One Giant Leap: VOYCE’s School Discipline Bill Clears Committee

Ineffective “zero-tolerance” policies, other punitive practices would be replaced by nationally recognized best practices throughout the State


SB 100, a bill that would eliminate overly harsh suspension and expulsion practices advanced out of the Senate Education Committee today. Illinois has one of the widest disparities between suspended black and white students in the country, according to the U.S. Department of Education’s Office of Civil Rights. Although just 41% of Chicago Public Schools students are black, 75% of all out-of-school suspensions in 2012-13 were handed out to black students, who were also 30 times more likely to be expelled than white students. Based on the most recent available data, Illinois students are losing over one million instructional days per year as a result of suspensions, expulsions and arrests.

The bill, which was crafted by the youth-led Voices of Youth in Chicago Education and introduced by Sen. Kimberly Lightford (D-Maywood), prohibits “zero-tolerance” disciplinary policies. It allows for the use of out-of-school suspensions and expulsions only as a last resort. It also promotes professional development and training for school staff to ensure developmentally appropriate disciplinary practices. Tyrek Williams, a junior at Roosevelt High School and a VOYCE leader has spent the last six months talking to legislatures and attending meetings to get this bill passed. In 7th grade, Tyrek was suspended for three days because he did not have his glasses, and could not complete his work. “ I was sitting in class, but I couldn’t see anything. I was talking to other students trying to get help on a huge project that was due that day. The teacher told me to stop talking, so I did, but I couldn’t do any work, so I just sat there and did nothing.I was eventually kicked out and suspended for three days.” Tyrek added, “If this bill would have been law back then, I would have never gotten suspended, and I would have not lost three days of school just because I didn’t have my glasses on that day in school.” Tyrek is hopeful that the bill will become law. “This bill will pass and it needs to right away!”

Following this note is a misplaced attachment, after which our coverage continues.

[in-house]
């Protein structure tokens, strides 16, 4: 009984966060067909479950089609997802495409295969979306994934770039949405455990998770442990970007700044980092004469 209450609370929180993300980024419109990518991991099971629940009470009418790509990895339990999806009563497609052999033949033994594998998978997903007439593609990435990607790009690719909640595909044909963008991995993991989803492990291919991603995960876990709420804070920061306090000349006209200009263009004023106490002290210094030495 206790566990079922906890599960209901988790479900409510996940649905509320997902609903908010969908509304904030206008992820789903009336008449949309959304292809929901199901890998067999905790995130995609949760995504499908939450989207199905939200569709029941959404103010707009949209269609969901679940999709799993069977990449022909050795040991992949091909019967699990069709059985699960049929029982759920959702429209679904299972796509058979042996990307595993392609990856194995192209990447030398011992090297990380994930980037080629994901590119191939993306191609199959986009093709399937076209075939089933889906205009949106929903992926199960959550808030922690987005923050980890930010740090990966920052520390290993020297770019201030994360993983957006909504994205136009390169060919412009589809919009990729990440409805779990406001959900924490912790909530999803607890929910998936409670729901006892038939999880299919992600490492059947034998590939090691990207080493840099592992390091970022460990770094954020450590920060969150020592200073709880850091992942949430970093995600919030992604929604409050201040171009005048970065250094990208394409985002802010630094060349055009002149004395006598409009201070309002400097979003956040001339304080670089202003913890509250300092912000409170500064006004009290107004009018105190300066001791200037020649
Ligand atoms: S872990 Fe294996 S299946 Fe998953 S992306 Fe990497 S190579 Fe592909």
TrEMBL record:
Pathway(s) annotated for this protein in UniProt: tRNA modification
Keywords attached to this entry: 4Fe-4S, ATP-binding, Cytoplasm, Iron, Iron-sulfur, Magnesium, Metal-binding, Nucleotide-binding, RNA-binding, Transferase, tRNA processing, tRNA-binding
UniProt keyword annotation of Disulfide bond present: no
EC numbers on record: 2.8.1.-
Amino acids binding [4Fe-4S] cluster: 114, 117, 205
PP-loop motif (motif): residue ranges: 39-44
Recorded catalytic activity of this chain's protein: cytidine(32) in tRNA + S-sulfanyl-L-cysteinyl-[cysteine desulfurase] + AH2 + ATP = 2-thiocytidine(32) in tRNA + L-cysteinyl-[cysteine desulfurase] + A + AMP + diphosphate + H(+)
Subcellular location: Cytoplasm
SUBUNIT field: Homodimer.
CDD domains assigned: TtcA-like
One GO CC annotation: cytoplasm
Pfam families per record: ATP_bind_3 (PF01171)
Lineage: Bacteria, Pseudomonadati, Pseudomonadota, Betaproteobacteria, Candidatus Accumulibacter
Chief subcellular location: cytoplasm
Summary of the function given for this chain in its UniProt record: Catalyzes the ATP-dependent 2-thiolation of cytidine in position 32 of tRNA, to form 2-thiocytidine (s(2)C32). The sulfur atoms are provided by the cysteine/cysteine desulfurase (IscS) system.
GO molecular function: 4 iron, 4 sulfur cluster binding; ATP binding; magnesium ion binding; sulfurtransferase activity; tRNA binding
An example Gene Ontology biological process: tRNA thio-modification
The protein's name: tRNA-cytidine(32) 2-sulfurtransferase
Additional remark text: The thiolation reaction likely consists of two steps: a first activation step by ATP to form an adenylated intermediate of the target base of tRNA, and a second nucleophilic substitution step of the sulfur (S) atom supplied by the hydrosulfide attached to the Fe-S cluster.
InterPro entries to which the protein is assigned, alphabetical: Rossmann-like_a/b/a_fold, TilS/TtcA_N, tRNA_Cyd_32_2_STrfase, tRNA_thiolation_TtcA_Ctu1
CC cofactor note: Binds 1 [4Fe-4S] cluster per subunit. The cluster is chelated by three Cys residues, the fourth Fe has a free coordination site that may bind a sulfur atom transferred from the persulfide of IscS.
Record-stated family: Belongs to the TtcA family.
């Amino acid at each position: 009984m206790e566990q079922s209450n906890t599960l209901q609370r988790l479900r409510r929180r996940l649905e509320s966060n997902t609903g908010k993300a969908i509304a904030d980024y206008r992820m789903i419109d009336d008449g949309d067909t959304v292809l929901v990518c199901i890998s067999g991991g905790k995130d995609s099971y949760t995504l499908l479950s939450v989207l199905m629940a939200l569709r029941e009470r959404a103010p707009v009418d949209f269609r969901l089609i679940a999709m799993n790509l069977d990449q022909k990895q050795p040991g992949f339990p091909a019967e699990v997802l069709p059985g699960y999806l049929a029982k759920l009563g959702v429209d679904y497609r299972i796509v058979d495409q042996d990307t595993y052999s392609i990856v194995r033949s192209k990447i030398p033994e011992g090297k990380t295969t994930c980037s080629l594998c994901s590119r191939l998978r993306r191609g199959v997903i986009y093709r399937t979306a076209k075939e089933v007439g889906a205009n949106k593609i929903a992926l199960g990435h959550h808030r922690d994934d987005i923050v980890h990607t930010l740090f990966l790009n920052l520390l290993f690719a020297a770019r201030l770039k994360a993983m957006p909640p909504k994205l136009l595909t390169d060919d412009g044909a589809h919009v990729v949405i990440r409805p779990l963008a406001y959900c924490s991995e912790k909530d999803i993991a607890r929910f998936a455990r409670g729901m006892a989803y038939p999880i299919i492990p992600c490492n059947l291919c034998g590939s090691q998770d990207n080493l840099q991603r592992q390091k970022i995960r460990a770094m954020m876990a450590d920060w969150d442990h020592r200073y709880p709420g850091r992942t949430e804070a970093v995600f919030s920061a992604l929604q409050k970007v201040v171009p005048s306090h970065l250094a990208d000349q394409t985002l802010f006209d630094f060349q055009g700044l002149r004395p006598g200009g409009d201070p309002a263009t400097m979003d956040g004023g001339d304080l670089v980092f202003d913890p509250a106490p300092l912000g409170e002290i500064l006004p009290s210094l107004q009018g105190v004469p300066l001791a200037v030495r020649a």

Voices of Youth in Chicago Education (VOYCE) is a youth organizing collaborative for education and racial justice led by students of color from community organizations across the city of Chicago such as Communities United (Convening organization of VOYCE), Logan Square Neighborhood Association, Kenwood Oakland Community Organization, and Southwest Organizing Project. VOYCE’s work is driven by the belief that young people who are most directly affected by educational inequity are in the best position to develop meaningful, long-lasting solutions.